Within the 80-strong Highways design team at Arup’s Solihull office, he is a member of the leadership team with specific responsibility for staff and people issues, resource allocation and co-ordination, recruitment, and training and




Keynote speaker: Kate Fairhall


Kate Fairhall Image


Kate is a Chartered Occupational Psychologist with technical experience of integrating and understanding of human factors and behaviours into design and operations. She leads the People Factors service area and team within Arup’s Operations Consulting Group. She is also an experienced project manager having led a large training and design team on operational readiness for Heathrow’s new Terminal 2, which successful opened on 4th June 2014. In April 2015, she was named Change Management Consultant of the Year by the Management Consulting Association.

Some of her key projects include:

•           Network Rail, Digital Railway: Human Factors and Business Change Subject Matter Expert

•           Highways England: Project Manager for the design and delivering of a Behavioural Based Safety Programme for the Operational Division

•           Heathrow Airport Terminal 2: Arup People Lead for the Operational Readiness Programme

Keynote speaker: Kathryn Lennon Johnson

Kathryn Lennon Johnson Image


Kathryn­­­ ­­­­­­­is a behavioural change specialist and founder of ‘Built Environment Skills in Schools’, a nationwide platform established to connect all the dots of skills and careers engagement in construction using experiential tools like gamification, simulations, virtual and augmented reality, apps and social media. This increases the effectiveness of employer outreach, relieves pressure on schools, and puts students in control of their own careers journey allowing them to experience much more in the sector.

Kathryn is a committee member of NAWIC West Midlands, the Forum for the Built Environment Birmingham branch, and the Black Country Constructing Excellence Club.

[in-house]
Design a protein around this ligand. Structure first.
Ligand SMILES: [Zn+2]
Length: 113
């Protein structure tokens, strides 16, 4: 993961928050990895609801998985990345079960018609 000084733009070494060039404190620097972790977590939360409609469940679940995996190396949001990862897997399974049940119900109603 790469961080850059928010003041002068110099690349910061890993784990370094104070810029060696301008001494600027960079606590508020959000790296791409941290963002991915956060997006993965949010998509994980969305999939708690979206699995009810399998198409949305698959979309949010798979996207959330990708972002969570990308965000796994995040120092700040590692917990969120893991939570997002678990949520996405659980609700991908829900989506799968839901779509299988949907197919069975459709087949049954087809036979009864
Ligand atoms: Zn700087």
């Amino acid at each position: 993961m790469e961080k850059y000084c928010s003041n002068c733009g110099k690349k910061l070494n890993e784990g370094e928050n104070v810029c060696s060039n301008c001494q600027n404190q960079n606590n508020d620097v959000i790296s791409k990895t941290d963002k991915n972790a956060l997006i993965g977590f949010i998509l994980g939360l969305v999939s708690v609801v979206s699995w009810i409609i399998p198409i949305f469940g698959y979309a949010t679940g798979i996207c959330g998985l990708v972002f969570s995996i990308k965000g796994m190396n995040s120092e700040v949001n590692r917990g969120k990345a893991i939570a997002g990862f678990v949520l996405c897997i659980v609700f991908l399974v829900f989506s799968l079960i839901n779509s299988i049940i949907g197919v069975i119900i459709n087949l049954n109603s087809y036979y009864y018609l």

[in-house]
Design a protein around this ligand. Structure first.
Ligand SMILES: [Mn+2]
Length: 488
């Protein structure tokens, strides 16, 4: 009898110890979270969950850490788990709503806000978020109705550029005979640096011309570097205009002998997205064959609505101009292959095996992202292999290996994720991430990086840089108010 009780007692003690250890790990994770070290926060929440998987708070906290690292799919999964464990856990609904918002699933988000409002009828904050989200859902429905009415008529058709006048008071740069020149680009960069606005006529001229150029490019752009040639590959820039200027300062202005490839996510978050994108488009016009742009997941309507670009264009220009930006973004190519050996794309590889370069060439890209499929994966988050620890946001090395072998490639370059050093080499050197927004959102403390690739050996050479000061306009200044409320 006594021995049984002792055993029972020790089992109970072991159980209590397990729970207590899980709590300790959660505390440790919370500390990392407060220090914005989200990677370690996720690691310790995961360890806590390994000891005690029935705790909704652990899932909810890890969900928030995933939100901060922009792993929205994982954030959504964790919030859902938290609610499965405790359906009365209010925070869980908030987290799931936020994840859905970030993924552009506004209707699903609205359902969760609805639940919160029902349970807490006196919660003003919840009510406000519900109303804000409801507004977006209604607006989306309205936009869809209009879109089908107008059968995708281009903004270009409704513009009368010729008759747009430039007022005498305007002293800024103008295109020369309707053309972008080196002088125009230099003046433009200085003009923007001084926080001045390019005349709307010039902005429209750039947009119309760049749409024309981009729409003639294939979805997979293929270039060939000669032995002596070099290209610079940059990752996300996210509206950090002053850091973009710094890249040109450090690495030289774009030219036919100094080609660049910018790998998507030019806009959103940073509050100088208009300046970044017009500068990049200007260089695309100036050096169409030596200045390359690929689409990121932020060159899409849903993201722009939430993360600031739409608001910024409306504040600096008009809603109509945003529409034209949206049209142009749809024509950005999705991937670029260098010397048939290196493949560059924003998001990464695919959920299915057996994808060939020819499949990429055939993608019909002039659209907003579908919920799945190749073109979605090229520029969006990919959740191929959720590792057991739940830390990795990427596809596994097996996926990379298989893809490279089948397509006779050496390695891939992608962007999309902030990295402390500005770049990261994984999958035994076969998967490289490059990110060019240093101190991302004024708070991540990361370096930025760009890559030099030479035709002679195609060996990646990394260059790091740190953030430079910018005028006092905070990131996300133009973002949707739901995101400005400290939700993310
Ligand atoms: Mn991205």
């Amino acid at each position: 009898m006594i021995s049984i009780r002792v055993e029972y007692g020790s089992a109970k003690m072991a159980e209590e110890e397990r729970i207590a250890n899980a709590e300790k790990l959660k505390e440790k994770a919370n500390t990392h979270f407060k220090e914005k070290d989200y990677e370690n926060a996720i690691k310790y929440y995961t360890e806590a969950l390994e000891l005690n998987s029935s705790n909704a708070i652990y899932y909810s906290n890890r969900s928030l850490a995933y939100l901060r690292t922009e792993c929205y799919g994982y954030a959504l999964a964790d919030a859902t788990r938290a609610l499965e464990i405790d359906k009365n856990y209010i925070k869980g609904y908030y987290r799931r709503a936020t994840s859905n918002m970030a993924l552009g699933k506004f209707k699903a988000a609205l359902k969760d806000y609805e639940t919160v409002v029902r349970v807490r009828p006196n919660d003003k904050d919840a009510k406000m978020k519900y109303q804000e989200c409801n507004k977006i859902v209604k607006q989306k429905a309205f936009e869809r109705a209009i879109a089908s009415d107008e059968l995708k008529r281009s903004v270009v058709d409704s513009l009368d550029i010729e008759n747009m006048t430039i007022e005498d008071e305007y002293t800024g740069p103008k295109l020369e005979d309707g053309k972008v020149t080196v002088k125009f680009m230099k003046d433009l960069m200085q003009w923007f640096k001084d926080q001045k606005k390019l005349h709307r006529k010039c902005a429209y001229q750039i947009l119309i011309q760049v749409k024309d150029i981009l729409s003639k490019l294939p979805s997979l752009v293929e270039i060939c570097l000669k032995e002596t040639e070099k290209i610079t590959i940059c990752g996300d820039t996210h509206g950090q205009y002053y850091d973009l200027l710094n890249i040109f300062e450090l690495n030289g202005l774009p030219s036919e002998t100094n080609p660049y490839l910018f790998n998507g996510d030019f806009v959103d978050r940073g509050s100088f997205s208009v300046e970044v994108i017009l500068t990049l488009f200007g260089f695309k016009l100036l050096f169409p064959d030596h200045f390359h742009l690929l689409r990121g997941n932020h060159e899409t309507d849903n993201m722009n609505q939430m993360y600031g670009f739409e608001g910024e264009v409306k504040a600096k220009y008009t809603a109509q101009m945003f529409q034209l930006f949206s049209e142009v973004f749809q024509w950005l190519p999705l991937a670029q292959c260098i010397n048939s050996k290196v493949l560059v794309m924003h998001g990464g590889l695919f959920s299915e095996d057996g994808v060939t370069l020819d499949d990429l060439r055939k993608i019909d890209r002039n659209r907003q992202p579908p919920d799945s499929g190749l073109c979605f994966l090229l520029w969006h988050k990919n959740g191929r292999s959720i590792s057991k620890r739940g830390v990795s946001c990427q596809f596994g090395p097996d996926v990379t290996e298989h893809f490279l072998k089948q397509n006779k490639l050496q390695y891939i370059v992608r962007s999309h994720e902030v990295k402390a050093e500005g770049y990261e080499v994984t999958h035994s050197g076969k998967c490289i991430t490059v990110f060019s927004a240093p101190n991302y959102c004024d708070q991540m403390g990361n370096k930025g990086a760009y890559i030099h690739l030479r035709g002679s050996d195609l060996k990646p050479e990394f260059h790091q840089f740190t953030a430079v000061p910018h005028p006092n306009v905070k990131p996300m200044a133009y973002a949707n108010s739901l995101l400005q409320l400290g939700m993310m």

Kathryn will be presenting on the significance of 'how the built environment feels', an angle that is often overlooked in traditional technical construction qualifications. The workshop will cover:

  • We often talk about the visual design, the aesthetic or the functional of the built environment, but how it makes us feel is immediate, often subconscious, and has a marked effect on how we interact with a building.
  • How we feel determines what we think, and therefore what we do (means, motive, opportunity of behaviour)
    • ACTIVITY - recognising our emotional responses to the built environment
  • Form, function and feeling are, in part, an attribute of the mind-sets and cultures that created the existing built environment
    • ACTIVITY - identifying the issues and cultures that have shaped the built environment
  • Each of these outcomes, behaviours and issues has an impact, and this often contributes to longer term knock-on effects
    • ACTIVITY - understanding the basis for these impacts in human psychology
  • A crucial part of the challenge for the built environment is to get more up-front input from those who have experienced these problems, or have innovative solutions, or have a passion for improvement so we can address problems at source. Input can be in the form of people joining the sector (particularly young people being encouraged into jobs in the sector), but also communities, neighbourhoods and groups
    • ACTIVITY - ideas to stimulate subject interest in new students and communities

At the end of the session, the group will have created an outline map highlighting gaps in course outlines for psychology in construction, as well as identifying some potential tools to address engagement from budding students.

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Dr Ezekiel Chinyio - Psycon Champion


Ezekiel Chinyio – A trained quantity surveyor and construction manager with broad research interests that include the needs and expectations of stakeholders. Psychology provides one basis of understanding how people respond to the (non-)attainment of their needs and expectations in the built environment. Ezekiel has thus studied trhe needs of construction clients and other aspects of Psycon. He has over 85 publications which include 3 books and articles in journals and conference proceedings.

Dr Abigail Taiwo - Psycon Champion

 Abigail Taiwo - Image

Abigail Taiwo – A clinical psychologist with research focus on enhancing the psychological wellbeing of people and preventing or alleviating psychological distress. Surely, this is the mandate of every clinical psychologist.

Taiwo, A.; Atibioke, O. and Chinyio, E. (2016) Patterns of alcohol consumption and psychological well-being among commercial bus drivers and Okada riders in Ibadan Nigeria. In Proceedings of 10th International Technology, Education and Development Conference, held in Valencia-Spain, 7-9 March; p.179-187. doi: 10.21125/inted.2016.1030 see pdf document.